Author’s note: This column was originally published years ago when my son graduated high school. The contents are contributed from friends and family and are generally timeless. Congratulations to all the graduates of 2020.

With the end of this school year, my son will graduate from high school and move onto another stage in life in which I’ll most likely play a contributing role at best. No longer will we share the day’s events over the dinner table or hang out on the front step talking.

My relationship will transition from parent to consultant in many aspects. In the end, the decisions — and results — will be his and his alone.

While I’m accepting of this development, I realize my work will never be complete. There will always be an urge for a “just one more thing I want to share” moment.

This moment in time brings me to this week’s column. The random lessons below — written in no particular order — are a culmination from not only my life but also from those I value in my life: friends and family.

On a Wednesday, I posted this idea for a column on Facebook and within hours received contributions from nearly two dozen individuals around the world. And therein lies the credit for the vast and varied wisdom.

So as yet another high school class approaches graduation, here are a few final thoughts from those who’ve been there.

The “one more thing” list:

• Always put the newest tires on the front of your car.

• Always do your best — especially when you think no one will notice. People do.

• Telling the truth is always easier to remember.

• When using a wrench: lefty loosey, righty tighty.

• Take action when you first think of it — time has a way of getting away from you.

• Remember to regularly tell the important people in your life you love them.

• Regardless of what you hear, God does exist and will be there when you need him most. Really.

• Change your oil every 3,500 miles and rotate your tires every other time.

• The tip of a shoelace is named an aglet.

• Being right isn’t always the most important thing in life.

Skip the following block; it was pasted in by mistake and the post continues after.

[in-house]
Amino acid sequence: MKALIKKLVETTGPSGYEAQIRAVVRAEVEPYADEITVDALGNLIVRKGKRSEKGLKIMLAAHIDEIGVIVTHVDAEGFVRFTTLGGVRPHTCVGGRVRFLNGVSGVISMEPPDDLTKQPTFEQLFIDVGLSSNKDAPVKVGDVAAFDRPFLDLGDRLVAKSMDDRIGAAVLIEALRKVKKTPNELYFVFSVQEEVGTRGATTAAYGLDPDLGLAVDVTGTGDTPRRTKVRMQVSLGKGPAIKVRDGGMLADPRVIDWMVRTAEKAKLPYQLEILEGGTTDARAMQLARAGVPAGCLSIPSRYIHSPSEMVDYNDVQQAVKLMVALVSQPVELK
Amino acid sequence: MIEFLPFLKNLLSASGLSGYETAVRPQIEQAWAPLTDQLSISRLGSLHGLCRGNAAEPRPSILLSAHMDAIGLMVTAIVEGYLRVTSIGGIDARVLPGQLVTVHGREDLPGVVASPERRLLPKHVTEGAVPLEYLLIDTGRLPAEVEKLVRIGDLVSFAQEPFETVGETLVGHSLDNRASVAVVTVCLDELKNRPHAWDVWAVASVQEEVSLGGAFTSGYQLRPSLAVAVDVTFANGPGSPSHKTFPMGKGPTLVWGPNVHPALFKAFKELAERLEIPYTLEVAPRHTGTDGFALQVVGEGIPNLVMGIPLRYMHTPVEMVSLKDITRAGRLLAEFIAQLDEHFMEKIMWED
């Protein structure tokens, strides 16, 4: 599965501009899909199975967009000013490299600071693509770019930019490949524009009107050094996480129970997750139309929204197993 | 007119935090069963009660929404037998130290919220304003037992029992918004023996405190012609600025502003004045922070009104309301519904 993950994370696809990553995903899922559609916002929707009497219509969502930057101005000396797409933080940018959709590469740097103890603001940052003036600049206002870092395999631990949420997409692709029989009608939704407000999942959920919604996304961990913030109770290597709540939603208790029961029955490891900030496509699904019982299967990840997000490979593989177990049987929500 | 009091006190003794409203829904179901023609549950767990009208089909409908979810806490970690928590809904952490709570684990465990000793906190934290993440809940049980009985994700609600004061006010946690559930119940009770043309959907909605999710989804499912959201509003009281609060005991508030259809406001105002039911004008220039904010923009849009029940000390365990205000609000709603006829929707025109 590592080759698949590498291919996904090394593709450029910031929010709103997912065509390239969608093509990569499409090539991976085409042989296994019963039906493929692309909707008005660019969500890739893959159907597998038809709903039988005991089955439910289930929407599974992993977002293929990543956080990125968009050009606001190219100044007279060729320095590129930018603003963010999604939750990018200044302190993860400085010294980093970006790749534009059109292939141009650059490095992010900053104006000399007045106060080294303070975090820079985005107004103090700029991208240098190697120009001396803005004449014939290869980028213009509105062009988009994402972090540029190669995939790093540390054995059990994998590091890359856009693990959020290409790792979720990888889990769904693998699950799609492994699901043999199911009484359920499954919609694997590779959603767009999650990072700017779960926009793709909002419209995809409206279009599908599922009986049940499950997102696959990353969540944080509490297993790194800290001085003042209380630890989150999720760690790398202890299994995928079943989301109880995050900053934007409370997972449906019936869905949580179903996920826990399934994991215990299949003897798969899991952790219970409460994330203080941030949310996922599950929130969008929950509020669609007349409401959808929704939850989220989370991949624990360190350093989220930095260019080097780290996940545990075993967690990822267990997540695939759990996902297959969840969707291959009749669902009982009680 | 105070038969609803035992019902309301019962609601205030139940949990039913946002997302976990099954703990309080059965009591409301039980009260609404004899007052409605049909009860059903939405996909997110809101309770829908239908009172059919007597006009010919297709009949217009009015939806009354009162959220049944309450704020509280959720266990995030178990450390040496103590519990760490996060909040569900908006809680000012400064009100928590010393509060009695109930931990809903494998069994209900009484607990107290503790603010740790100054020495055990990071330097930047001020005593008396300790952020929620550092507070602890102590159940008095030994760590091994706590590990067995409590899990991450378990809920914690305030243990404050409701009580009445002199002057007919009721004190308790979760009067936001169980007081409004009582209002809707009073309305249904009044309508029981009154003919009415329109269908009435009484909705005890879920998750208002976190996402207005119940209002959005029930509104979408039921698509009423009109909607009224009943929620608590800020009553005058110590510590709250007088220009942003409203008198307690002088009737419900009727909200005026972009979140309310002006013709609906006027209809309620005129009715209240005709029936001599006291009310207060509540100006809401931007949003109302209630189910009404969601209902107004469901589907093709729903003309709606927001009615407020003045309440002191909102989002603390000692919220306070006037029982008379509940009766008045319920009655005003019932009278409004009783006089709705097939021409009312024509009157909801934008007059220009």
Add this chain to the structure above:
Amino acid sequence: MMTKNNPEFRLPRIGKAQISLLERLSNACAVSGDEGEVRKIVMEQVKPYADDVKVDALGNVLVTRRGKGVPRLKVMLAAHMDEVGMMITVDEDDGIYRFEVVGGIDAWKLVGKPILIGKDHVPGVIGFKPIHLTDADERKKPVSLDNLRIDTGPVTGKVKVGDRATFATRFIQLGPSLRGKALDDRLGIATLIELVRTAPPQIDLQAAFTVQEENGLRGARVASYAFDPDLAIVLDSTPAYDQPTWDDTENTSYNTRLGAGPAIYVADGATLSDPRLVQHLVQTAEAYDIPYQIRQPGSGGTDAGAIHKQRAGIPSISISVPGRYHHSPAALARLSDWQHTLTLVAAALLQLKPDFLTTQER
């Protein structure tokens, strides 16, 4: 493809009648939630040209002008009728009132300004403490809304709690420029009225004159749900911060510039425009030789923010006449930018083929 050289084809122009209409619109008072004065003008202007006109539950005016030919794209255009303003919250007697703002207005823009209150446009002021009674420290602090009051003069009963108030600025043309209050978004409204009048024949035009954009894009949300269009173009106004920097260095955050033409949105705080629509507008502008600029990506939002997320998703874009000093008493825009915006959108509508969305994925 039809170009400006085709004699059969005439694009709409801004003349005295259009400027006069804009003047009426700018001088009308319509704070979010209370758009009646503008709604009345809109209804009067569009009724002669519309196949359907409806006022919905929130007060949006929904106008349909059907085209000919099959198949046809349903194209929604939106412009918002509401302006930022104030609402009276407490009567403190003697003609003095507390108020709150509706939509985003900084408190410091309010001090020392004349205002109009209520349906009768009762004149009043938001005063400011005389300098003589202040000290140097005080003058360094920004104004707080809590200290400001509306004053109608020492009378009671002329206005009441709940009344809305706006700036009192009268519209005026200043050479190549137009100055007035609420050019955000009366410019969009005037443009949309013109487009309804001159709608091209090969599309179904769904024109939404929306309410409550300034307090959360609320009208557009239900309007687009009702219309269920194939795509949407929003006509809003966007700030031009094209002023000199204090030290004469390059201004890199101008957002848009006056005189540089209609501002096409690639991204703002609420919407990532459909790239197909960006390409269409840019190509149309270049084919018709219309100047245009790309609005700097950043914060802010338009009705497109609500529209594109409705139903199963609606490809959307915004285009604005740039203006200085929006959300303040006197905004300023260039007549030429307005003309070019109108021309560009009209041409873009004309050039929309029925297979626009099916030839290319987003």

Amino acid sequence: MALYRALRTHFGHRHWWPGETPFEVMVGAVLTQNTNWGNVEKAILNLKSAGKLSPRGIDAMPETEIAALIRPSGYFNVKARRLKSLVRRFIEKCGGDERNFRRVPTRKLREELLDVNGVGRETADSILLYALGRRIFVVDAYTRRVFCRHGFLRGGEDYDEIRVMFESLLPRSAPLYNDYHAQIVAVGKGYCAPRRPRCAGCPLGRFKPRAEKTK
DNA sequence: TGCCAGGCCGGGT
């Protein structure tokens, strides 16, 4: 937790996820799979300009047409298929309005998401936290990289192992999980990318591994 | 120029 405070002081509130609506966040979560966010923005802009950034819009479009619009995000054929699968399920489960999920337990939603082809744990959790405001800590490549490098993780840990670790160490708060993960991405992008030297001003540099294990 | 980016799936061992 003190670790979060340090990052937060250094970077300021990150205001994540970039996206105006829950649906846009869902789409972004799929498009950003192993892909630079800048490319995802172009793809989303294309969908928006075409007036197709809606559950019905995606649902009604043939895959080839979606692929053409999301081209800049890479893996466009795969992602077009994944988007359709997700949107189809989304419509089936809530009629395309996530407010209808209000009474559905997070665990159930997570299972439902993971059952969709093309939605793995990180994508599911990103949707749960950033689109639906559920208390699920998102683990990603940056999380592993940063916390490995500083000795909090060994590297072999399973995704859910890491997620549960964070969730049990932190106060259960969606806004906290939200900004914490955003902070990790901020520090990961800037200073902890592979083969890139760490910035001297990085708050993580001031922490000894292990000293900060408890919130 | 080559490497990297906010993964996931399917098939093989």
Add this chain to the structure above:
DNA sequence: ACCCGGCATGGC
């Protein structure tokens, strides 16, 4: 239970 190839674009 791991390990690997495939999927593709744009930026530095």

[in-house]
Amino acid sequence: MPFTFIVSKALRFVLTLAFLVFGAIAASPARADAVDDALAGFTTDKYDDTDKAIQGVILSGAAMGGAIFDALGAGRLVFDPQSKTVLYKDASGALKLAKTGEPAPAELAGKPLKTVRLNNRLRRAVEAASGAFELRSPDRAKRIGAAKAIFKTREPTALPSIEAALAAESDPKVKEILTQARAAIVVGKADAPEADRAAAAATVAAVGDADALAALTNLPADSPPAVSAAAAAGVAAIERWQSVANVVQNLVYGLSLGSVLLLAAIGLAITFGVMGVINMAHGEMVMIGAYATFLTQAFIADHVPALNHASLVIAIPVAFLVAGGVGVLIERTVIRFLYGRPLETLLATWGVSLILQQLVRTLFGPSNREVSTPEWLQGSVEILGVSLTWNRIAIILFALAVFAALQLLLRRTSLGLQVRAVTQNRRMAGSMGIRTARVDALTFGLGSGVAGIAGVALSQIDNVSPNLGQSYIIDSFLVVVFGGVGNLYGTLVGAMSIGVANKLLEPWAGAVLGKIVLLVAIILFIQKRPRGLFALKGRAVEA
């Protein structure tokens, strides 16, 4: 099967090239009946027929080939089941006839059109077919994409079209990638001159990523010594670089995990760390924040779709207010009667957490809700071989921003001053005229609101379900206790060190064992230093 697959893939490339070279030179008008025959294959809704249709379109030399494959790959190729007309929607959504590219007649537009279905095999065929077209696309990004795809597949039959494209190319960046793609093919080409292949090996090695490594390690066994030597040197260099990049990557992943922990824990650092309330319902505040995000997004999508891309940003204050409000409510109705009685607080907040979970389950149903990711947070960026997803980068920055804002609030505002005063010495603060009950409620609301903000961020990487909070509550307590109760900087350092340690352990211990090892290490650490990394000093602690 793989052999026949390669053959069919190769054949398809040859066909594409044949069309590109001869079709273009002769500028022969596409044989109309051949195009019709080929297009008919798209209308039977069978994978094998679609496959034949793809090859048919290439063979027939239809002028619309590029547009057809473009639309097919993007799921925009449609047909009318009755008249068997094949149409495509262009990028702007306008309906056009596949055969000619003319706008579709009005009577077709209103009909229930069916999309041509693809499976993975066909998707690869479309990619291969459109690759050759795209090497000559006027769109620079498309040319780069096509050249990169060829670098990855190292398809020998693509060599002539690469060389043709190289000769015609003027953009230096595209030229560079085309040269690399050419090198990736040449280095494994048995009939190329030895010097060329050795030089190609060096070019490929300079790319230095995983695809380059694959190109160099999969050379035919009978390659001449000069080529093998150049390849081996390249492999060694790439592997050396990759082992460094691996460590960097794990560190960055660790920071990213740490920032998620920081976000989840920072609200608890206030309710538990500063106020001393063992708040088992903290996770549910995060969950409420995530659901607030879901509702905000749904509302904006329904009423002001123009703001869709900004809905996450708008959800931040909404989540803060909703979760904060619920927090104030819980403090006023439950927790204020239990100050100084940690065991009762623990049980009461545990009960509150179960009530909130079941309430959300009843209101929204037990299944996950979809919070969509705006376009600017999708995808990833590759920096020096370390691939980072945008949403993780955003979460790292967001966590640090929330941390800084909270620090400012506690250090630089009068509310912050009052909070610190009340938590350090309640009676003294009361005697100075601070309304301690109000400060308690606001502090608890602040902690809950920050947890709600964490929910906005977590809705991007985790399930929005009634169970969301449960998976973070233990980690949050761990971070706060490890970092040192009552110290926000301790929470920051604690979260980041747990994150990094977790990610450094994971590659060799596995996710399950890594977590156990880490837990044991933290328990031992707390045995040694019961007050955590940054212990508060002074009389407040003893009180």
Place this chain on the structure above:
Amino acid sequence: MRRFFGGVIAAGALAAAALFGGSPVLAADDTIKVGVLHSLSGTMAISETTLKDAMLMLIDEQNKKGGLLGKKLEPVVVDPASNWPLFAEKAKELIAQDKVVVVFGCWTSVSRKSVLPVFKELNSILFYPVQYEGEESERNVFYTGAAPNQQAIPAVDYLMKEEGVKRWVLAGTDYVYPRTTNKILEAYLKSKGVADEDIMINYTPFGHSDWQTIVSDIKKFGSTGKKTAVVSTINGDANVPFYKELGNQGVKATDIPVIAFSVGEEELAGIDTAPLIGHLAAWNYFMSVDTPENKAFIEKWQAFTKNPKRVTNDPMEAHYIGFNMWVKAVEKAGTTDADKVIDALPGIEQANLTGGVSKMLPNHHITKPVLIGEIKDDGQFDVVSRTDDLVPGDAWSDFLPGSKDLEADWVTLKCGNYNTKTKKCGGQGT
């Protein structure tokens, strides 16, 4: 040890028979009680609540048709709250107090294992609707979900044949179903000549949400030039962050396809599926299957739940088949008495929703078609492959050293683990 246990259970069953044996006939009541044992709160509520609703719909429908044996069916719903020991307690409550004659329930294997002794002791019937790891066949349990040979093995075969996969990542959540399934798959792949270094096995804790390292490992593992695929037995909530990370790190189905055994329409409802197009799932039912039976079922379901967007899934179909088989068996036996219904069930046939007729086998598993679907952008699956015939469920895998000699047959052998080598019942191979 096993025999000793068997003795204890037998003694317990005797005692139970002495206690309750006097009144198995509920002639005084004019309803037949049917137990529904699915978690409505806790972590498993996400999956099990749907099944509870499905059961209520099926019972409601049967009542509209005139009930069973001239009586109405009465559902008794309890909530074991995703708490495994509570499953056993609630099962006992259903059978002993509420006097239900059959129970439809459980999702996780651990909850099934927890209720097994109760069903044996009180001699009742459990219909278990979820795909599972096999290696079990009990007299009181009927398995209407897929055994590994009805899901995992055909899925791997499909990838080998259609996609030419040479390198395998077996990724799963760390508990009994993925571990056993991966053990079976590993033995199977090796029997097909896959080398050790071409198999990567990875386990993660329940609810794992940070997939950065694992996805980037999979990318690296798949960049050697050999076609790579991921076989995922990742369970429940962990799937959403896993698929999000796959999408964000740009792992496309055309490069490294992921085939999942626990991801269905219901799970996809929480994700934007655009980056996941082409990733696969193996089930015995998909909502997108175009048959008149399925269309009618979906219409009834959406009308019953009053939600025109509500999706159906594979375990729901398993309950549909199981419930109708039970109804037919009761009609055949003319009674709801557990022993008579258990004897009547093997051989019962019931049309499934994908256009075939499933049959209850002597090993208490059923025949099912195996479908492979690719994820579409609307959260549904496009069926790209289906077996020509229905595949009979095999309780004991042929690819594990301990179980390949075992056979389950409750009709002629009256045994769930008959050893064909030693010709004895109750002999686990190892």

• Moderation is usually the best choice.

• You’re not likely to be the smartest person in the room — so don’t act like it.

• Count to 10 before getting angry. It really works.

• What goes around, comes around.

• Never spend more than you make.

• Don’t eat yellow snow.

• If you don’t make mistakes, you don’t make anything.

• You will experience failure, and the key is always to fail forward and never repeat a failure.

• Don’t stand up in a canoe.

• If it sounds too good to be true, then it probably is.

• Never underestimate the power of kindness to make a difference in the lives of others.

• Treat everyone like you wish to be treated.

• Call your momma.

• Don’t take yourself so seriously. No one else does.

• Learn to laugh at yourself.

• Your beliefs determine your actions; think seriously about what you believe.

• Always expect others can change; it is what you would want others to believe of you as well.

• You are entitled to your opinion; the world is not obligated to hear it.

• If you think you can or you think you can’t — you’re probably right.

• You want it, earn it.

• Remember to listen more than you speak — that’s why you have two ears and only one mouth.

• Everything is sales. EVERYTHING.

• Learn how to prioritize.

• Great love and great achievements involve risks.

• God first, others second, me third. A hard one but true.

• Believe “failure is not an option,” and you will be a success at everything.

• Worry is like a rocking chair: It takes up a lot of energy and doesn’t get you anywhere.

• No man ever lay on his deathbed wishing he’d spent more time at the office.

Leonard Woolsey: 409-683-5207;


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